The announcement that Cisco was shuttering the Flip video camera has the media and other industry watchers buzzing. How could something so successful just go away? “RIP” tweets and Facebook posts are in abundance following the April 12 announcement. Many are asking: Why didn’t Cisco at least sell the Flip to a consumer electronics company? I suppose our 2010 Webinar on how to use the Flip camera won’t get much on-demand registrations, so PR News is also affected by this news. Seriously, though, Cisco has made a very interesting move. I can’t say it cut its losses, because the product it acquired in 2009 was generating a reported $400 million in sales at a 30% margin, give or take. Cisco, which is a leader in the Internet infrastructure space, took a chance with the Flip, entering the crowded and competitive consumer electronics market and diverting its resources away from its core business, at a time when its market share there has been threatened. There hasn’t been much news or developments coming from the Flip team – the last press release was in early December 2010.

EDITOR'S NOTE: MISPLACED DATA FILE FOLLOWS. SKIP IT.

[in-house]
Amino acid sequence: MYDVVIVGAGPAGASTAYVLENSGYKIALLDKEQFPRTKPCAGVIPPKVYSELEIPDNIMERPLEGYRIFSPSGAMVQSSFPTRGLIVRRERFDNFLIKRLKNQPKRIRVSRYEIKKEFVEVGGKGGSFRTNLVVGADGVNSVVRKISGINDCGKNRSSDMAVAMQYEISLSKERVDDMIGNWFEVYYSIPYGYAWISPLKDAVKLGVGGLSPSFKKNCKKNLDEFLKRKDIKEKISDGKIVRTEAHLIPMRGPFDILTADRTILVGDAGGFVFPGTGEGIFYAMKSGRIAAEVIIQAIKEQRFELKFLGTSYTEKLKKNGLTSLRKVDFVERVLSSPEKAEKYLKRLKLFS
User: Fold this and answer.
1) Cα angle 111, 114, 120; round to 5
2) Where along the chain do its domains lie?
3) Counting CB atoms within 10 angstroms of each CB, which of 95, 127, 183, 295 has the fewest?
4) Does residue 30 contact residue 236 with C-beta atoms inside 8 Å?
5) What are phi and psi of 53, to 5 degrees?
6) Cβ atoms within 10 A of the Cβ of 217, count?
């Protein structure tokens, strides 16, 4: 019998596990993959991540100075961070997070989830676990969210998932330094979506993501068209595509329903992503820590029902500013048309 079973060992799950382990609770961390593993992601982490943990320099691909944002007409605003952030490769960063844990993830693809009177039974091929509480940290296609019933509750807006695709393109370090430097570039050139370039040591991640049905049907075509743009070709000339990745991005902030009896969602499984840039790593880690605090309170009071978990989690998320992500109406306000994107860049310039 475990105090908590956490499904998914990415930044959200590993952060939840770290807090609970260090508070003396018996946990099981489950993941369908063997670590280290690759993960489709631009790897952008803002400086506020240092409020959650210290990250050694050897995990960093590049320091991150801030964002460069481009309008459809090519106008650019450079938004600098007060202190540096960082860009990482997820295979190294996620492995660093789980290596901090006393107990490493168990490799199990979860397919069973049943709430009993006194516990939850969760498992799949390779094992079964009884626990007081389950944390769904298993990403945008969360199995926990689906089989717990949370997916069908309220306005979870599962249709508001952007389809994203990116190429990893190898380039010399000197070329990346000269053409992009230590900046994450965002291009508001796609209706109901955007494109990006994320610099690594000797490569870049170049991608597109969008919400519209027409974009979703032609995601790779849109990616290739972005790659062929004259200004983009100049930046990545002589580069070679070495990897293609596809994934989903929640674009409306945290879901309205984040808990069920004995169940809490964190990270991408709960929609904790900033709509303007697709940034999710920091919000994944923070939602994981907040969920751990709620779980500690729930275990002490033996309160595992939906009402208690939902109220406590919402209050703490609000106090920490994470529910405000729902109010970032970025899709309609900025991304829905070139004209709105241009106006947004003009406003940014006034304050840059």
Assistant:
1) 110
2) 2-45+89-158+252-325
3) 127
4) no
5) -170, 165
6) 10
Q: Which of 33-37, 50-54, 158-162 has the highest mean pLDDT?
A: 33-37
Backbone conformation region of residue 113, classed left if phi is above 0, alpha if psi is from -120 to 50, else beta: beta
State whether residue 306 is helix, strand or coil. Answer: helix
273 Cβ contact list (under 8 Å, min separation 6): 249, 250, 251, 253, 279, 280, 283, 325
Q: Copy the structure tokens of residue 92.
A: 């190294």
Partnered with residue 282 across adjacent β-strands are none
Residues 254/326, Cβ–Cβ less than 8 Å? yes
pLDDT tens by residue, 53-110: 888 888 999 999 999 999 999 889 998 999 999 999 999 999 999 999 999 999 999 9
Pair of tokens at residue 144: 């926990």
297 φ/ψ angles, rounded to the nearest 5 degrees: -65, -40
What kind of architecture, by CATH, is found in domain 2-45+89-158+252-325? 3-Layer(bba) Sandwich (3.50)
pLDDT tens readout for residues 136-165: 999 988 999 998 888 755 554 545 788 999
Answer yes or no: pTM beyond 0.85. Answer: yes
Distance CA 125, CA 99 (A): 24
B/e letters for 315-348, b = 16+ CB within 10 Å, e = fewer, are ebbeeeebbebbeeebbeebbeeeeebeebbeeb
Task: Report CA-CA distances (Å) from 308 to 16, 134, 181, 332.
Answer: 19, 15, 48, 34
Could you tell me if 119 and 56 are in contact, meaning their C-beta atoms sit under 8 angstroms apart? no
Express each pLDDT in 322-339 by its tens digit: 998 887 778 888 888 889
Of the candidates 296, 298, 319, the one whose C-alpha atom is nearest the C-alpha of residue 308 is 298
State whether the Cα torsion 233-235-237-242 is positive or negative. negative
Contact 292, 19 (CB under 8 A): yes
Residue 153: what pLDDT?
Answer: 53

With its stock price sliding, Cisco CEO John Chambers warned last week in an internal memo that tough and bold decisions were going to be made soon. And he admitted that the company needed more “discipline.” Recognizing that more consumers were using their smart phones for video while their Flips were gathering dust in the junk drawer, Cisco seemingly made the right call to right its ship and focus on what it knows, what it does best, and what will make shareholders happy. In the memo, Chambers noted that the company needed to regain focus and employee confidence. Flipping the Flip was the first move in what appears to be Cisco sticking to its knitting.
— Diane Schwartz